No business agreement in recent times has generated as much excitement, and as much hyperbole, as the announced deal that Russia would supply China with 38 billion cubic meters (bcm) of gas annually for a thirty-year period. The $400-billion deal has been called a victory for Russia, a victory for China and even evidence of a shift in either energy markets, or geopolitics or both. Sadly, the deal is none of these things.
First, let’s talk about the commercial elements of the deal. The reality is that China has always had the upper hand because East Siberian gas can only be developed with China as a customer. For years, pundits have said that China was not willing to pay “European” prices to Russia. This is hardly true: China is paying “European” prices to Central Asia, and it pays more than that to Qatar and other suppliers of liquefied natural gas (LNG). The difference is that China had to compete for those supplies; absent competition in East Siberia, China had the upper hand.
We do not know the full details of the deal yet, nor do we know whether all the issues have been resolved—after all, the two sides have long stressed progress while downplaying their outstanding points. Even so, the rumored value ($400 billion over thirty years) equates to a gas price of around $10 per million British thermal units. Given the costs announced so far, this project will yield a subpar return for Gazprom under today’s assumptions—maybe high single digits or low double digits. This will not be Gazprom’s most profitable endeavor.
It does, however, score it a major political point. Gazprom’s inability to close this deal has frustrated the Kremlin. Together with Gazprom’s marketing strategy in Europe, which many criticized, the company’s privileged position has come under attack. The most visible crack was the decision last year to allow other Russian companies to export LNG. Still, the Kremlin is keen to avoid competition that could lower gas prices overseas. Until last year, this meant Europe. With this pipeline, Gazprom’s writ is enlarged, as are the complications from a liberalized approach to gas exports.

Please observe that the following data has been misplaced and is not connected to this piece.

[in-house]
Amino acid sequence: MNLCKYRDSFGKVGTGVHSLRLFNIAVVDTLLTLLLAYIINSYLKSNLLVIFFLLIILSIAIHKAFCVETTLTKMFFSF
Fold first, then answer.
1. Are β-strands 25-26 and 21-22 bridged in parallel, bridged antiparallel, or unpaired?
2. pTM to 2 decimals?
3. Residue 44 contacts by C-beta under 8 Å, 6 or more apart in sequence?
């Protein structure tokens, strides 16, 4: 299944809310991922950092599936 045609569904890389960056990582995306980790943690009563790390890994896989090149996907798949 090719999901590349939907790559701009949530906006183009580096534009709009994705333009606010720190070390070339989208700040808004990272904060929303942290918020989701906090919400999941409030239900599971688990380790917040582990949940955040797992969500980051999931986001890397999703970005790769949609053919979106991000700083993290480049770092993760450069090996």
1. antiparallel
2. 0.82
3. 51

For Europe, this deal is hardly material. Gazprom is diversifying its markets, but this is a truism: any deal to sell gas outside Europe does that. Gazprom exported about 162 bcm to Europe in 2013 and about 59 bcm to countries of the Commonwealth of Independent States. Russia has a long way to go before it can look at Europe and Asia in the same way—especially given that much of the infrastructure to Europe is built, and the upside from additional Russian gas in the east is unclear at this point. Moreover, the gas to be exported to China is far away from Europe, and so there is no way to say that it will be “diverted” to Asia. In fact, for years, Russia has wanted a Western route to China, which would allow Russia to arbitrage between east and west. But the Chinese have no need for additional gas in that part of the country, so that route has stalled.
For China, the volumes are also important but not transformational. The 38 bcm that Russia will supply China might make up 10 to 15 percent of China’s total gas supply in the early 2020s. (Central Asia will be supplying China a similar amount of gas by then.) China developed a well-diversified portfolio of gas supply, one that relies on domestic production, pipeline imports from various sources and LNG from nearby and far away. (The Chinese, however, have been noticeably absent from contracting to buy LNG directly from the United States). Any deal that strengthens China’s sense of security is probably good news, and especially any deal that enables the development of gas that would otherwise have stayed in the ground.